Secchi Page






Secchi Disk monitoring files

If you want an electronic copy of the monitoring manual or data sheet these can be accessed from the files below:

Secchi Disk manualFOGSV_2017v4_780KB



Secchi Disk Monitoring videos

We now have a promotional film and detailed instructional video on Youtube. You can access these films here:



Facebook page

We now have a Facebook page specifically for the Secchi Disk project for volunteers and supporters to share photos, tips and video from their monitoring activities.








Interesting trends

Volunteers have been recording Secchi Depths around the Gulf for over 2 years and some interesting readings have emerged.

Secchi Depths around the Gulf have ranged from a very low 70cm at Henley Beach up to 730cm at Port Noarlunga where waters are generally less turbid.

It is suggested by some that a Secchi Depth of 1.2 or less is unsafe for swimming. In the two years of data collection, 8 readings have fallen below that level at sites around the Gulf.

As yet there is not enough data to say whether there are any trends, but many sites seem to be showing an increase in turbidity rather than a decline. Although there is not enough data to say this with confidence. An example of readings is shown from Brighton.









The more data we can collect, the more rigorous it will be and the more information we can provide to decision makers and the community.


Measuring water quality – the Secchi Project

The Secchi disk used to measure water

People who observe our coastal waters regularly can’t help but notice when they are dirty.

In most cases it is possible to make a good guess as to why. Near Adelaide, stormwater is a likely culprit, and we have become accustomed to seeing murky water after rainy and windy conditions. Other causes may include dredging operations, runoff from building sites or agricultural land, waste spills etc.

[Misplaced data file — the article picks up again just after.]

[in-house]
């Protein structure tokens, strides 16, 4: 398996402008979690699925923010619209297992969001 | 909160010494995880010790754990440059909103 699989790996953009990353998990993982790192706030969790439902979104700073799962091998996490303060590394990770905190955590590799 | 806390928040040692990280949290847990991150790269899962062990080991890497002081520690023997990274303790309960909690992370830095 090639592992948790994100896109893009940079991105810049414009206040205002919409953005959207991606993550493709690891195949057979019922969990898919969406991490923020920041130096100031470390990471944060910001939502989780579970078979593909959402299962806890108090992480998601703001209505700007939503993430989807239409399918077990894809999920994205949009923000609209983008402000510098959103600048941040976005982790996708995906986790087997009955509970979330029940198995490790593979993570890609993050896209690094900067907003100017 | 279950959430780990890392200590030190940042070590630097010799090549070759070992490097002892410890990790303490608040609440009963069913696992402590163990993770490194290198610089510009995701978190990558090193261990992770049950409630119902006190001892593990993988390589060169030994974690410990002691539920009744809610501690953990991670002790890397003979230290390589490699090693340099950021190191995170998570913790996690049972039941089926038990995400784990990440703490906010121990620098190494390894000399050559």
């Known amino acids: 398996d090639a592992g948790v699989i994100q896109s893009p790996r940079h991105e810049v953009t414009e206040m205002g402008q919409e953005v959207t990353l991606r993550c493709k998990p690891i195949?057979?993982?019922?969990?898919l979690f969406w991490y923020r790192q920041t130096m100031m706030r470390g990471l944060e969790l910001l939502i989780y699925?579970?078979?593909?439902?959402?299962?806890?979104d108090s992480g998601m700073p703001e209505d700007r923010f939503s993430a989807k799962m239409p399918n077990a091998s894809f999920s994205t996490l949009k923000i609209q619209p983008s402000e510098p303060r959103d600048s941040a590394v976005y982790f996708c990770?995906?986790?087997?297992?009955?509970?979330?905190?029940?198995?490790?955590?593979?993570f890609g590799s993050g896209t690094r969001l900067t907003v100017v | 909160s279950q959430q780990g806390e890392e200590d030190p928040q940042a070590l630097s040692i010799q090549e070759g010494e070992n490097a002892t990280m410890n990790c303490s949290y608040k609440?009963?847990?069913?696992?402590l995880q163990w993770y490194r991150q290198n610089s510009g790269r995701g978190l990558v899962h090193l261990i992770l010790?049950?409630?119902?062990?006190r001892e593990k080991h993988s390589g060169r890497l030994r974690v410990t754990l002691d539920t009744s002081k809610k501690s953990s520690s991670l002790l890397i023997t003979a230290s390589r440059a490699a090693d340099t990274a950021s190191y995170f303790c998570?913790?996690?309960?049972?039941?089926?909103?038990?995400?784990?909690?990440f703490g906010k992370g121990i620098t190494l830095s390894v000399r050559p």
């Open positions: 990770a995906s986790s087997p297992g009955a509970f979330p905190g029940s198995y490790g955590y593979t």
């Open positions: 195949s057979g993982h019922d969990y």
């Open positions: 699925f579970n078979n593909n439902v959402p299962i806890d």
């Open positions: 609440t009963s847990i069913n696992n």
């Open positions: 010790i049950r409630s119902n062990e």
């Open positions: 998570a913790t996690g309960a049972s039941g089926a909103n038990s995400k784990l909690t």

The Adelaide Coastal Waters Study highlighted the importance of clean water for a healthy marine environment, particularly in relation to seagrasses, which play such a pivotal role in the gulf.

The Secchi disk disappears from view
quickly in turbid water

The Friends of Gulf St Vincent, in collaboration with the Adelaide and Mount Lofty NRM Board, have a project up and running to monitor water quality using Secchi discs. The Secchi disc is a relatively simple and inexpensive way to measure water clarity – the black and white disc is lowered into the water until it is no longer visible. This distance is the Secchi depth.

The rule of thumb is that if you can’t see your feet when you are standing in chest-deep water it is not safe to go swimming.

Similar projects have been run elsewhere – in locations where local pollution of lakes and bays was causing concern, and the benefits are that people become involved in regular observation of changes in the water quality, the data provides a baseline and record of trends, and we all learn more about the sources and impacts of pollution.

In Gulf St Vincent the Secchi depth is usually between 2 and 10 metres, but in other parts of the world measurements of 40 – 80 metres have been recorded!

The waters extending from Outer Harbour to Port Stanvac are particularly at risk from turbidity (muddy waters), but we also need to monitor coastal waters at all jetties around the gulf, so that we can identify marine areas that may be affected by turbidity now, and those which may be at risk in the future.

The project has been running since April 2012, and we are getting data for the Adelaide metropolitan jetties, but we would also really like to sign up some Secchi volunteers for the Yorke Peninsula side of the gulf.

The FoGSV will provide a Secchi kit and training to volunteers for this important monitoring program of Gulf coastal waters. The goal is to get one or more people collecting data (taking measurements and then submitting it via the Secchi Project website) from their local jetties or boats. Volunteers need to have safe access to a relatively deep measuring location. Secchi readings should ideally be taken regularly (once a week would be great) but all data collected will be useful!

If you are interested in participating in this project, or if you know of someone who might be, please contact Mel Rees at